Robert L. Pisor, journalist, historian and sourdough bread maker, died of kidney cancer on July 7, 2017 at his farm in Leelanau County. He was born in Bellefontaine, Ohio, on Dec. 7, 1939, the first son of a U.S. Army artillery officer and an elementary school teacher.
He graduated from Lincoln High School in Ferndale in 1957 and majored in history at the College of Wooster, Wooster, Ohio. There he met Ellen Waters, a 5-foot-2-inch redhead from New Jersey, who proved an unflinching partner in camping Egypt's western desert, tending a two-year-old in wartime Saigon and carrying her share in 10-day hikes into the woods of Isle Royale and the mountains of the Weminuche wilderness in Colorado. She was a boon companion, loving wife and best friend for 60 years. Her support and positive attitude helped shape his life.
He spent two years in New York City, writing for radio and TV at NBC and winning a master's degree from the Columbia University Graduate School of Journalism.
In 1963, he joined the Detroit News, then the largest afternoon daily in the U.S. He covered Jerry Cavanagh in Detroit's City Hall, Govs. George Romney and Bill Milliken in Lansing, Lyndon Johnson in Washington, D.C. and every presidential campaign and major senate and governor's race in the country from 1964 to 1974. He also served as the Detroit News' war correspondent in Vietnam from 1967 to 1968.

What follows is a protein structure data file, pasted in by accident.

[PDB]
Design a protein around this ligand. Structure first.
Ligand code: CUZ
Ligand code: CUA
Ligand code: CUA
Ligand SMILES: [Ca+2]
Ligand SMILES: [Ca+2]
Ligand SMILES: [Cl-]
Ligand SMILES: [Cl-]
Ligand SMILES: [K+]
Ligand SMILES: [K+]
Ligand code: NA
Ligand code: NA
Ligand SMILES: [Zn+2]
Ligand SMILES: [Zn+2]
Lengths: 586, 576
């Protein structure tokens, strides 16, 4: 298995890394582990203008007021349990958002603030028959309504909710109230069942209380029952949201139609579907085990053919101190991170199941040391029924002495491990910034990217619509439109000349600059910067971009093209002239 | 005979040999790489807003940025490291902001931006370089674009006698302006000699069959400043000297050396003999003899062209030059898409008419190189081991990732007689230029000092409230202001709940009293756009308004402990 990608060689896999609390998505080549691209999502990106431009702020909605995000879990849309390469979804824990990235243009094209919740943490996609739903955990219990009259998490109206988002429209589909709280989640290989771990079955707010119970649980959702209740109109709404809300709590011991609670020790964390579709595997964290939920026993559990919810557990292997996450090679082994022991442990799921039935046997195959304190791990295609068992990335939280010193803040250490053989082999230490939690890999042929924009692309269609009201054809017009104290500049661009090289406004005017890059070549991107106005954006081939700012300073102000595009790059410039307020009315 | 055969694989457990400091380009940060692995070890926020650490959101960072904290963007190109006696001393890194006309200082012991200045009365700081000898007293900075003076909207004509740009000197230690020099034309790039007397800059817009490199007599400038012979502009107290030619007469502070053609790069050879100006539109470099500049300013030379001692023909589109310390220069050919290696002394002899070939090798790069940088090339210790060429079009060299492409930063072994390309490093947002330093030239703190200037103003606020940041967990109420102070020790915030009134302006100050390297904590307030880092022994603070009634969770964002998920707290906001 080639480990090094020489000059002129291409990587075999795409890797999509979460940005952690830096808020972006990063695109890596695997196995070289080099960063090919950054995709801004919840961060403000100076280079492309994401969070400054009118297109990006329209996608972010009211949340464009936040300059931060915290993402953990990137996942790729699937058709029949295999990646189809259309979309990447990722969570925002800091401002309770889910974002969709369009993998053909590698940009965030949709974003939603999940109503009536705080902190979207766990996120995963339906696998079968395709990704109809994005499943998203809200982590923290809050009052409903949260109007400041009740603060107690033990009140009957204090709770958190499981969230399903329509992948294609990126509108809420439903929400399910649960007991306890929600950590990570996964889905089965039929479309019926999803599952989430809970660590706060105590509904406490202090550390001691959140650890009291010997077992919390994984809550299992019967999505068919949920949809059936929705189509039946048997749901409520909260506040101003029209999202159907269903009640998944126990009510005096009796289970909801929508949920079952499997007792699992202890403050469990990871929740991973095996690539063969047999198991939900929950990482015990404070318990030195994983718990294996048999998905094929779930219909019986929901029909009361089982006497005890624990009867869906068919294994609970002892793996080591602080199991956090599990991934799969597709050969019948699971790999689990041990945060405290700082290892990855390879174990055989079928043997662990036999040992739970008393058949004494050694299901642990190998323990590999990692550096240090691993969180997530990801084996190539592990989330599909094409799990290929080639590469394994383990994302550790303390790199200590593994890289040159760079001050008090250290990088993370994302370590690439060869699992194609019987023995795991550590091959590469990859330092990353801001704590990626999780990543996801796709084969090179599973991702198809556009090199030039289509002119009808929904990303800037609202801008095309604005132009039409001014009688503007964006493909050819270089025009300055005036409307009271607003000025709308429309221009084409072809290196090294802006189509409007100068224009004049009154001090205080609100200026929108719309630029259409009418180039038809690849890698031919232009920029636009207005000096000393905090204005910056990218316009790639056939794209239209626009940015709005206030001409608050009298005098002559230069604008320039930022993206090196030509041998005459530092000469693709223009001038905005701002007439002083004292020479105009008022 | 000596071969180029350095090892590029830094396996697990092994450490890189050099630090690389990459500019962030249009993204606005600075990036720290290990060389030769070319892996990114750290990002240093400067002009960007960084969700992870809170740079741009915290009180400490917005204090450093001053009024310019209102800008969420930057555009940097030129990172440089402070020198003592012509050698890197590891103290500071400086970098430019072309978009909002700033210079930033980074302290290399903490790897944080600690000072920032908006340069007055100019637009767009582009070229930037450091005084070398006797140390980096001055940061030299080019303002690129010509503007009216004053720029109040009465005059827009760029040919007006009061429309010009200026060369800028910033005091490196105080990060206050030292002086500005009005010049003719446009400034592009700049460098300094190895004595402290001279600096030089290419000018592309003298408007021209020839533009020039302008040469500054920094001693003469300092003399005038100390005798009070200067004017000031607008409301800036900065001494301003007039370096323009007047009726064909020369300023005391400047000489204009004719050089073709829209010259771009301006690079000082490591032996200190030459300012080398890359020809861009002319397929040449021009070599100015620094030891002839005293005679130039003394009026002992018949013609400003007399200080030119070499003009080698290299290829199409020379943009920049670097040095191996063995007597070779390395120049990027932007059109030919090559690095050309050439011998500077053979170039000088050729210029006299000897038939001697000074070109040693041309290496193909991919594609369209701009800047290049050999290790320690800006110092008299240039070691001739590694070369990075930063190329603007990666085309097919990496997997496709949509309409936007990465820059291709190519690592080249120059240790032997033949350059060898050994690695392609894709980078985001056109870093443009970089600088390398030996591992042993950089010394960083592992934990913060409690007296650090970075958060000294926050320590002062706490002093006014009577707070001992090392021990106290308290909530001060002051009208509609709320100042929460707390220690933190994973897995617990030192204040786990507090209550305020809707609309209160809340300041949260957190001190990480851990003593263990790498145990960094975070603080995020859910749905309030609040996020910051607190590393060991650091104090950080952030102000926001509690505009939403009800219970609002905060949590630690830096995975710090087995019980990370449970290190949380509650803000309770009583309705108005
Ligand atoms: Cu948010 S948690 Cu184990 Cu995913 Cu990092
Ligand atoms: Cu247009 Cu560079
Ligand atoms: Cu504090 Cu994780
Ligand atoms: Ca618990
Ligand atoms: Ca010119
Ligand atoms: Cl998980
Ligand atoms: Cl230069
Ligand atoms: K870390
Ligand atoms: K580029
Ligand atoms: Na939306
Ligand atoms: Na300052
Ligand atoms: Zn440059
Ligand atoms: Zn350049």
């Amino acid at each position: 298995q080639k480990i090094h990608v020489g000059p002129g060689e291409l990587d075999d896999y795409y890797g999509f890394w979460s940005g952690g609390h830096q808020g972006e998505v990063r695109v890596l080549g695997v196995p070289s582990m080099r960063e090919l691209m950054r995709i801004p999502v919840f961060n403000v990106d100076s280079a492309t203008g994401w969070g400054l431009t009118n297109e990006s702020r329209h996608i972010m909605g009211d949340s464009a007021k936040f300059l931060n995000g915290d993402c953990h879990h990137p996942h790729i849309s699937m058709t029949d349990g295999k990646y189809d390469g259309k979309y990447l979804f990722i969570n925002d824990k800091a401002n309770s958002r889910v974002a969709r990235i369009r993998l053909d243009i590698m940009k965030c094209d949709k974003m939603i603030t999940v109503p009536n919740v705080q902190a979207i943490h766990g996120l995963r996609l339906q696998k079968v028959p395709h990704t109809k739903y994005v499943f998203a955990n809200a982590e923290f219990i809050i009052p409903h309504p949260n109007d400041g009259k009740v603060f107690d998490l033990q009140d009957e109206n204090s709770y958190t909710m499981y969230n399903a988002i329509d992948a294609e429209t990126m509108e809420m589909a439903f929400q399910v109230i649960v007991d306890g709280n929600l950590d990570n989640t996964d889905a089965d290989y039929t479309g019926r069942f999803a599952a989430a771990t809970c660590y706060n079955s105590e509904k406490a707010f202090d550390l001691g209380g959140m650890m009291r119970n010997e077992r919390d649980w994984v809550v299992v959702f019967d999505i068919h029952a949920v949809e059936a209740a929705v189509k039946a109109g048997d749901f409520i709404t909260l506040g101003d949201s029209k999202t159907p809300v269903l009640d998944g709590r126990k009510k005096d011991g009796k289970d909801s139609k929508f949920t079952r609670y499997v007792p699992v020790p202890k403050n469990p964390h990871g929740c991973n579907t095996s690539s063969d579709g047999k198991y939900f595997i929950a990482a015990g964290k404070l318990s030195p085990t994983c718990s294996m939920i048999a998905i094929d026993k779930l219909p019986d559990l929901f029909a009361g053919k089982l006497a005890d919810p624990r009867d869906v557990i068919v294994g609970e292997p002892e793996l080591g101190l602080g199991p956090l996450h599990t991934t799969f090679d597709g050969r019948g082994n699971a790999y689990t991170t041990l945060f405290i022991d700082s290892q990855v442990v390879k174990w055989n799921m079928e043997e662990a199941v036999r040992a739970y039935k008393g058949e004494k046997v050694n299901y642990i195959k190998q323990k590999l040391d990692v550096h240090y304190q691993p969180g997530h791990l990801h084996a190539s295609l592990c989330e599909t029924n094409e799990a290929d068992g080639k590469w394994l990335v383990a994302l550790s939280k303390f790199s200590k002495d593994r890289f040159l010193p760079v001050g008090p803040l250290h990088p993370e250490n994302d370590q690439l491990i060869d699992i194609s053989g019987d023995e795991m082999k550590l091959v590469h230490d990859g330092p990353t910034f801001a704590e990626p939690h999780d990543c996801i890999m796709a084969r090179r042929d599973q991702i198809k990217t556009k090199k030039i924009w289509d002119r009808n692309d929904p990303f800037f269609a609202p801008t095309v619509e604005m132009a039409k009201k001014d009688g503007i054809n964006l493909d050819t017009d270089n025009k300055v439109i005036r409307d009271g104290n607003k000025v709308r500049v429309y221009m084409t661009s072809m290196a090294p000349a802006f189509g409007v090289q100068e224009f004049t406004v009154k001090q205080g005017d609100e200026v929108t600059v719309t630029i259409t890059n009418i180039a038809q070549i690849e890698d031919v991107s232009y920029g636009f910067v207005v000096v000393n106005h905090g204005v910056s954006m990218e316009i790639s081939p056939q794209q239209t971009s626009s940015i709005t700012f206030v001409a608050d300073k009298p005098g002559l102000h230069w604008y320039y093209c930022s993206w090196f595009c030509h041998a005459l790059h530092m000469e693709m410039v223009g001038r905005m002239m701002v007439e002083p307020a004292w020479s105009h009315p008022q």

He served three years as press secretary to Detroit Mayor Coleman A. Young, became editor of Monthly Detroit Magazine and moved to Detroit's WDIV-TV to offer newspaper criticism and political coverage for 11 years. His book on the Vietnam War, The End of the Line, won the Society of Midland Authors' prize for non-fiction.
In 1995, he moved a 50-year-old, three ton, German-built deck oven into a former women's clothing store on the south side of Leland and established Stone House Bread as the area's first artisanal sourdough bread. It would be difficult, he once said, to thank the thousands of friends and strangers who stepped up for a loaf of hard-crusted North Country bread.
After devoting 11 years to bread-making, he sold Stone House Bread and embraced retirement: spending time with his sons, David and Karl, their wives, Hilary and Manami, and his six grandchildren in Chicago and Tokyo; traveling the world "off the beaten path"; hiking and hunting with his two English setters; reading every book the Leland Library had to offer and cultivating his prize-winning tomatoes in his vegetable garden.
What could better describe his relationship with his grandchildren than this letter from 13-year-old Gigi Pisor?
Dear Papa: You have always been an extraordinary grandfather, better than I could ever ask for. I will never forget sitting at the dinner table listening to your loud, booming voice telling us of your amazing stories and adventures. I will never forget watching you point out all the wonderful birds, trees, mushrooms and plants as I followed you on our every day hikes. I will never forget your big, warm smile hidden under your busy, grey beard. I love you, so, so much.
We will celebrate the life of Bob Pisor with a party at the Pisor farm on Aug. 13 at 4 p.m.
Memorial donations may be mailed to The Leelanau Conservancy, PO Box 1002, Leland, MI 49654.
Published on July 12, 2017